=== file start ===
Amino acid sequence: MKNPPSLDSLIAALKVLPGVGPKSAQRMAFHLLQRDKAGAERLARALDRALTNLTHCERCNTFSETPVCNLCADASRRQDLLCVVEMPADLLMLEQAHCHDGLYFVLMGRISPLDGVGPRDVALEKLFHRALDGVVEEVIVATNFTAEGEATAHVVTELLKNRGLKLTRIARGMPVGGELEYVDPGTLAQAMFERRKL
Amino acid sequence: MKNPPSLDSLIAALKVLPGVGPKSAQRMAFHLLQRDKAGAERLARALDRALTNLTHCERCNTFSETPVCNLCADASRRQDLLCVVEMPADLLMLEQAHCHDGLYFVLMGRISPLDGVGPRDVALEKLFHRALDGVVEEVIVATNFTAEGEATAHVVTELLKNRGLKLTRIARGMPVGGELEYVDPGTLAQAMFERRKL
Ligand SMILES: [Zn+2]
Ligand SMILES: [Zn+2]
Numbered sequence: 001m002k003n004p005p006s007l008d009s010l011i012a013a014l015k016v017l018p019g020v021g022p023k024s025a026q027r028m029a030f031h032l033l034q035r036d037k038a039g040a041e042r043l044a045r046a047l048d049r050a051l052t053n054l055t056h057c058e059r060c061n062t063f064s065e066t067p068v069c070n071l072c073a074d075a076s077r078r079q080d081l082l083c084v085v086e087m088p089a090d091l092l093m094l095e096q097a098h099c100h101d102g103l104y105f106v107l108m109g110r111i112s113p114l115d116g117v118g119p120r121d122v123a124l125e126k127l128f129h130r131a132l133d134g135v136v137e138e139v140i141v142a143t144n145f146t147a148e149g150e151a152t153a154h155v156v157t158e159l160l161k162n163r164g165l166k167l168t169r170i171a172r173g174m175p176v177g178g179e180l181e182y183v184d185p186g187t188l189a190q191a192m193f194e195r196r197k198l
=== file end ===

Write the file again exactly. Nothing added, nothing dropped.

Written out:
Amino acid sequence: MKNPPSLDSLIAALKVLPGVGPKSAQRMAFHLLQRDKAGAERLARALDRALTNLTHCERCNTFSETPVCNLCADASRRQDLLCVVEMPADLLMLEQAHCHDGLYFVLMGRISPLDGVGPRDVALEKLFHRALDGVVEEVIVATNFTAEGEATAHVVTELLKNRGLKLTRIARGMPVGGELEYVDPGTLAQAMFERRKL
Amino acid sequence: MKNPPSLDSLIAALKVLPGVGPKSAQRMAFHLLQRDKAGAERLARALDRALTNLTHCERCNTFSETPVCNLCADASRRQDLLCVVEMPADLLMLEQAHCHDGLYFVLMGRISPLDGVGPRDVALEKLFHRALDGVVEEVIVATNFTAEGEATAHVVTELLKNRGLKLTRIARGMPVGGELEYVDPGTLAQAMFERRKL
Ligand SMILES: [Zn+2]
Ligand SMILES: [Zn+2]
Numbered sequence: 001m002k003n004p005p006s007l008d009s010l011i012a013a014l015k016v017l018p019g020v021g022p023k024s025a026q027r028m029a030f031h032l033l034q035r036d037k038a039g040a041e042r043l044a045r046a047l048d049r050a051l052t053n054l055t056h057c058e059r060c061n062t063f064s065e066t067p068v069c070n071l072c073a074d075a076s077r078r079q080d081l082l083c084v085v086e087m088p089a090d091l092l093m094l095e096q097a098h099c100h101d102g103l104y105f106v107l108m109g110r111i112s113p114l115d116g117v118g119p120r121d122v123a124l125e126k127l128f129h130r131a132l133d134g135v136v137e138e139v140i141v142a143t144n145f146t147a148e149g150e151a152t153a154h155v156v157t158e159l160l161k162n163r164g165l166k167l168t169r170i171a172r173g174m175p176v177g178g179e180l181e182y183v184d185p186g187t188l189a190q191a192m193f194e195r196r197k198l